3. Make a struct array format with fields containing 3D positions, 3D velocities, 3D accelerations, and time stamp as well as trajectory ID of each trajectory. In this data format, the length of struct array represents number of trajectories.
  2. Obtain Data in Eulerian Frame (via Matlab).
    1. Transform the struct array (step 7.1.3) to a temporal one using the time stamp of each particle. This creates a similar struct array structure obtained in step 7.1.3, but the length of struct array now represents the frame numbers, which is 9,000 in this experiment.
    2. Interpolate the temporal struct array into a three dimensional grid for each time frame to obtain instantaneous velocity fields in Eulerian coordinates. In this demonstration, the griddata function in Matlab is used to perform the interpolation.

Subscription Required. Please recommend JoVE to your librarian.

Representative Results

A photograph and a schematic of the setup are shown in Figures 1 and 2. The calibration target, the fiducial marks reflected on the view-splitter and 3D calibration reconstruction are illustrated in Figure 3. The RMS of the recognized calibration targets is 7.3 µm, 5.7 µm and 141.7 µm in the streamwise x, spanwise y, and depth z directions. The relative higher RMS in the z-coordinate is due to the reduced targets points with respect to those in the other directions and relatively small angles of four views with the z-axis compared to x and y coordinates. The detected particles in each of the four views at any given instant were on the order of 103. Among the detected particles, the number of successful 3D reconstructions is reduced to roughly half due to the fact that only particles in the intersection region are captured. Video 1 shows a high-speed video sample of the jet flow from the four-view splitter.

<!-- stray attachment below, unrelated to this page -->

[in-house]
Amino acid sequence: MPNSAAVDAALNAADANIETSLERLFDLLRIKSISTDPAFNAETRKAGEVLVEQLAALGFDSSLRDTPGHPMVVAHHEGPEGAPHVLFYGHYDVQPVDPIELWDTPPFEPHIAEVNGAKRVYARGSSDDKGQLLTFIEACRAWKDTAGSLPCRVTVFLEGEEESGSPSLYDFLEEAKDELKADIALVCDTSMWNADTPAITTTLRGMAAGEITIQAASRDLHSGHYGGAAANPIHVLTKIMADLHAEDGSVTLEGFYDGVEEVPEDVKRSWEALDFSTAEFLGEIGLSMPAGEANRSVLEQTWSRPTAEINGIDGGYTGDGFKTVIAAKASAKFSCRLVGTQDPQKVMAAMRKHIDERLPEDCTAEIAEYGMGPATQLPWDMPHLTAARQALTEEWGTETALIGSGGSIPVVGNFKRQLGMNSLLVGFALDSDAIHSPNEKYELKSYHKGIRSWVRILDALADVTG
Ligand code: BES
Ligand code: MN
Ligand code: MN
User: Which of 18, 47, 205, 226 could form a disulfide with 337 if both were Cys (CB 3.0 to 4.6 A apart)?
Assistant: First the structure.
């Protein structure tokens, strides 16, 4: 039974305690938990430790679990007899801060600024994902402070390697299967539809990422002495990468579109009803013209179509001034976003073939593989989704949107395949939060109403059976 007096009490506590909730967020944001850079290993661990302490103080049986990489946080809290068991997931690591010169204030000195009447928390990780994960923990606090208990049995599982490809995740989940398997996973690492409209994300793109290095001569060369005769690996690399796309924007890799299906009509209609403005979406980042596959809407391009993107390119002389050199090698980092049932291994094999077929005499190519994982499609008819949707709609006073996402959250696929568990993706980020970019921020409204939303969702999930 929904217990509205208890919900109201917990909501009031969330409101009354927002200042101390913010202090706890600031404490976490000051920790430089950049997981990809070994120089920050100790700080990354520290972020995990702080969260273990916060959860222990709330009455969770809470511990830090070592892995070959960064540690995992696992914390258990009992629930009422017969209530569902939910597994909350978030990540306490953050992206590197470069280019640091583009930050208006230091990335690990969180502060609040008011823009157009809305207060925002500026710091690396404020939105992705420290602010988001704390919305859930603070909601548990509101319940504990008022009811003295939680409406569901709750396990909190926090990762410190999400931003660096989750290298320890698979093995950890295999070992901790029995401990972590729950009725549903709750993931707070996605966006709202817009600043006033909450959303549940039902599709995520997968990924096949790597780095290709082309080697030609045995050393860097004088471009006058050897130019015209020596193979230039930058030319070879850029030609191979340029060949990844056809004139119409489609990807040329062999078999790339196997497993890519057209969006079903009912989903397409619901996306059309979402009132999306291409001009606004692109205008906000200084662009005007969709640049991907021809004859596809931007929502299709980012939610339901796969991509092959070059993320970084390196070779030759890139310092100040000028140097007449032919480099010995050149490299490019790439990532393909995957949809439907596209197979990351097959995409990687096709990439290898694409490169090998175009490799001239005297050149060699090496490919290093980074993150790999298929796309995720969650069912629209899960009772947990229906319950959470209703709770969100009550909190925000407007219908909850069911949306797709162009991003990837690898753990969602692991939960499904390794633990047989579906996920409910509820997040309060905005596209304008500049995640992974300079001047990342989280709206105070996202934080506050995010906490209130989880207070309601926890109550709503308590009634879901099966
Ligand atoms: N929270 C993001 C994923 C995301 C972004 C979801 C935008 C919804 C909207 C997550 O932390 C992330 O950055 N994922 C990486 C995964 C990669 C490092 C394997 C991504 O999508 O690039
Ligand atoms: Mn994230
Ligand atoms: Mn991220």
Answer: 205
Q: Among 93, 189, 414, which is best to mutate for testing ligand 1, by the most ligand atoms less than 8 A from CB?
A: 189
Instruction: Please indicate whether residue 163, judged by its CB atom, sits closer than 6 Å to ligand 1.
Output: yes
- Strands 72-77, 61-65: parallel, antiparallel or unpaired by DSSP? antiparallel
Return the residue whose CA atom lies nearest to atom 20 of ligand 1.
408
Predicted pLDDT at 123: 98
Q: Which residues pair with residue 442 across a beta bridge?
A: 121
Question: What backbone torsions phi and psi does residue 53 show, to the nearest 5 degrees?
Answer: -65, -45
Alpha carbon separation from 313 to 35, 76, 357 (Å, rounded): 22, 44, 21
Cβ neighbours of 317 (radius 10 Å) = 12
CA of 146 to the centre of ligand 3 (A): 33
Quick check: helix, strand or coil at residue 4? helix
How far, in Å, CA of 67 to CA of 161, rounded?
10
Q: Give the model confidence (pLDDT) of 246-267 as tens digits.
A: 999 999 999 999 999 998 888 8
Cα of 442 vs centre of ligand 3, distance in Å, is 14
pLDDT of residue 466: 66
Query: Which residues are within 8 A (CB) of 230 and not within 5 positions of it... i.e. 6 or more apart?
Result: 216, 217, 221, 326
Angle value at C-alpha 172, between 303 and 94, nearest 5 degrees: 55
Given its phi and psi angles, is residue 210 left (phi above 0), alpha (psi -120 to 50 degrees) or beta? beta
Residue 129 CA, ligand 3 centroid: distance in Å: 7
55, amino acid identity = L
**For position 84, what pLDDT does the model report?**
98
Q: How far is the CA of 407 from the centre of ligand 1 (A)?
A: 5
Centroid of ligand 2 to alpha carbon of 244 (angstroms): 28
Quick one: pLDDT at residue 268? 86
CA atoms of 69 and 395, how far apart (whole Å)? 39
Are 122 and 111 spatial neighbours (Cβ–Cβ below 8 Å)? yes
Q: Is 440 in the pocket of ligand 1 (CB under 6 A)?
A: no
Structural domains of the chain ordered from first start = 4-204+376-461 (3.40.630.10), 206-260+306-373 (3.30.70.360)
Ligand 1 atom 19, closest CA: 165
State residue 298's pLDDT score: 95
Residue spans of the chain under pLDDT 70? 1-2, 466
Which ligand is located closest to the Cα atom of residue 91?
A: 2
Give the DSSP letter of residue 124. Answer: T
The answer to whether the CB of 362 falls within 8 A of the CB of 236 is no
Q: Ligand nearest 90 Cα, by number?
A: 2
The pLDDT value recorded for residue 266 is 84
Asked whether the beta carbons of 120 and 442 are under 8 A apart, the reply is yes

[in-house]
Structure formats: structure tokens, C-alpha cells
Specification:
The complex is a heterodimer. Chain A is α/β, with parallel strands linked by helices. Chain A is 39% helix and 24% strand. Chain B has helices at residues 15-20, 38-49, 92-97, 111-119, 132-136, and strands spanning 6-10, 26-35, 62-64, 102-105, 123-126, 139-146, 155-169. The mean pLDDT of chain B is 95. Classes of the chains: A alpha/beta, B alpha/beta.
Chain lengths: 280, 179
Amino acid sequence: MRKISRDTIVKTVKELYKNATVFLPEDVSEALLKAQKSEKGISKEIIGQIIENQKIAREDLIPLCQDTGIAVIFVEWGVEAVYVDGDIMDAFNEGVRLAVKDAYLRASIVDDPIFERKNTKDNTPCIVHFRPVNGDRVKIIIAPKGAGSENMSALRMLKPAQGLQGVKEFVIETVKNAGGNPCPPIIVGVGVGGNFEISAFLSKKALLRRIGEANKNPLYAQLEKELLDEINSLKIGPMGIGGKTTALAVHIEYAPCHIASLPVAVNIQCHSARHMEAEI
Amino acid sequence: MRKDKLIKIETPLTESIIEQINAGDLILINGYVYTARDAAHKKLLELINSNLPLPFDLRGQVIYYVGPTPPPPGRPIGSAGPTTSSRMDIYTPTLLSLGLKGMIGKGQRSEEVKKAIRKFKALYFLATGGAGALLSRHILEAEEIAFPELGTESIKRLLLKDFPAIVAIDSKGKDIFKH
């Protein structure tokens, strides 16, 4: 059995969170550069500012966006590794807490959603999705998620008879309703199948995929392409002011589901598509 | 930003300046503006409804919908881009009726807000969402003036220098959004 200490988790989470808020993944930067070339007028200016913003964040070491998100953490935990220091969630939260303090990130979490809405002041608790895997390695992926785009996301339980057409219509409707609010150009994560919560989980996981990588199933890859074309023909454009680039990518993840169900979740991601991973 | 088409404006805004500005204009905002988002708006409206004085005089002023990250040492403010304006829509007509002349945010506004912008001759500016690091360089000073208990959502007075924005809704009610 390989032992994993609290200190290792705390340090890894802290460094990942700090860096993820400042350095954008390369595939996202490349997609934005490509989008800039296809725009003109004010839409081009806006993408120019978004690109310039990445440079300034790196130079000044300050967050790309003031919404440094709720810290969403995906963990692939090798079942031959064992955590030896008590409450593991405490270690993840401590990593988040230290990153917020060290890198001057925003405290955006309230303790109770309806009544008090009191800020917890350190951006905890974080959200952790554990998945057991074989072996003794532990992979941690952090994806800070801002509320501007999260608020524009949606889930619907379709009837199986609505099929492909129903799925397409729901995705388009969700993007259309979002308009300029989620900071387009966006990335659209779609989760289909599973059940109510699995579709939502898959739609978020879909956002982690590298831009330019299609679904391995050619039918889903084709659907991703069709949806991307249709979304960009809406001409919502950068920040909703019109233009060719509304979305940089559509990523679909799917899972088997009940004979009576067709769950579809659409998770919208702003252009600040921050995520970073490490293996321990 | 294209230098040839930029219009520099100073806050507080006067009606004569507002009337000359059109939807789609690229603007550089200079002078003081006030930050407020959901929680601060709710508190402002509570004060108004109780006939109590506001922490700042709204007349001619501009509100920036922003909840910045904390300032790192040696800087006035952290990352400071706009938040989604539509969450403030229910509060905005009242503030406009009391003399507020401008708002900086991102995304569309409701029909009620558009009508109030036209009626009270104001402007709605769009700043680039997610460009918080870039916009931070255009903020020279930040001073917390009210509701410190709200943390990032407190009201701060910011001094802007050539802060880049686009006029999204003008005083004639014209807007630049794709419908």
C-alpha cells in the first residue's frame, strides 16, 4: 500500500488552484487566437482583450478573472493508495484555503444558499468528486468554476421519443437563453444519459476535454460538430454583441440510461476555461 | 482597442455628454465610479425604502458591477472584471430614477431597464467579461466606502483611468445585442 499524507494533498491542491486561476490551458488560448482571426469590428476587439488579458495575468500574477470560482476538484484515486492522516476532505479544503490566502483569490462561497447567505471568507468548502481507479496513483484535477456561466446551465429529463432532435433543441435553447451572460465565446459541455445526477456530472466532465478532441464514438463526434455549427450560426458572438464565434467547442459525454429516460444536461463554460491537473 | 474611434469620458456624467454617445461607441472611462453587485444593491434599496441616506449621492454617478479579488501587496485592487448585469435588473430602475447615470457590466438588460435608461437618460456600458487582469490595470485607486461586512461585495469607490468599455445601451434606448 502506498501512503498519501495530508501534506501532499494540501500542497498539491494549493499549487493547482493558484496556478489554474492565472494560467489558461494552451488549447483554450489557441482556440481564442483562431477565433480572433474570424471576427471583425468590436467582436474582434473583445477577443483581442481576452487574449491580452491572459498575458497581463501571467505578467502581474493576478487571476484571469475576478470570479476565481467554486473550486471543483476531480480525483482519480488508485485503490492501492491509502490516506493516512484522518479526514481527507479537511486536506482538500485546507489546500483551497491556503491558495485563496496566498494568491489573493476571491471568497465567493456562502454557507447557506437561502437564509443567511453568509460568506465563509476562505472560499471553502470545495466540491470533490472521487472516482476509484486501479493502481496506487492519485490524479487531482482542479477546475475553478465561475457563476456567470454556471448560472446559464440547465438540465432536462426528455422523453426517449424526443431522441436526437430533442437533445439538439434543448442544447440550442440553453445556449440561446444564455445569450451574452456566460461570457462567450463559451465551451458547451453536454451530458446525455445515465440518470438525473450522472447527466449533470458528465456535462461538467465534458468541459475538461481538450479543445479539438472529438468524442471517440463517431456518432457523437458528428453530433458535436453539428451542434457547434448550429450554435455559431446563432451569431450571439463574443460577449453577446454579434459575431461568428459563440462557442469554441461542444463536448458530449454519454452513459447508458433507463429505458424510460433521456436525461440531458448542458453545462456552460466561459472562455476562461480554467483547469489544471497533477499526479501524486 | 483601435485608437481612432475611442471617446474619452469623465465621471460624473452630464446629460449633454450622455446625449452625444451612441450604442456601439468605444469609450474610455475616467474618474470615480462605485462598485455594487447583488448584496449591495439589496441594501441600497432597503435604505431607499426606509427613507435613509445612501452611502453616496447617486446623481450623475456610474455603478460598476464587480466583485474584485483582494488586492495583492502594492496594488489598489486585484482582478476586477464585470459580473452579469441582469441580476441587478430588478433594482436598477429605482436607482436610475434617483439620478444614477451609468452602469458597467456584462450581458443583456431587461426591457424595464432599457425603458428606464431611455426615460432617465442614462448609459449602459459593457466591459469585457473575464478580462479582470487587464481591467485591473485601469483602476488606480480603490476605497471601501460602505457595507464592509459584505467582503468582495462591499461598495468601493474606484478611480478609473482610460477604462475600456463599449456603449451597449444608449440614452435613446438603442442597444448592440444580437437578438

A sample of four representative particle trajectories in the intermediate-field region around and crossing the x/dh=16 plane at radial distances r/dh=v0, 1.5, 3 from the jet core is illustrated in Figure 4. As expected, longer trajectories in the given time interval (Δt ≈ 1 sec) are observed around the jet core. At the edge of the jet (r/dh ≥2), tracer particles exhibit short and more complex trajectories. Figure 5 shows all the successfully reconstructed particle trajectories crossing the x/dh = 16 plane. The particle velocities in the selected domain exhibit a wide distribution ranging from nearly 0 to 0.6Uj, where Uj 0.6 m/sec is the exit velocity of the jet, and acceleration/deceleration, ∂U⁄∂s, where is the Cartesian coordinate. It also reveals that an substantial portion of the particles within the vicinity of the jet core exhibit smoother trajectories. The particle trajectories, s(t), allows for the estimation of the position, velocity and acceleration. Figure 6a shows the case of a particle crossing the x/dh = 16 plane around the jet core. Figure 6b, 6c, and 6d show the 3 components of the particle trajectory, velocity and acceleration as a function of normalized time. It is worth highlighting that the local particle acceleration can be several times the standard gravity. The particle trajectories allow for obtaining specific features of the particle trajectories via the so-called Frenet-Serret frame. It describes the changes of the orthonormal vectors (tangential, normal, binormal) along s(t). Of particular relevance is the curvature, κ, which is the inverse of the radius of curvature, ρ, and defined as: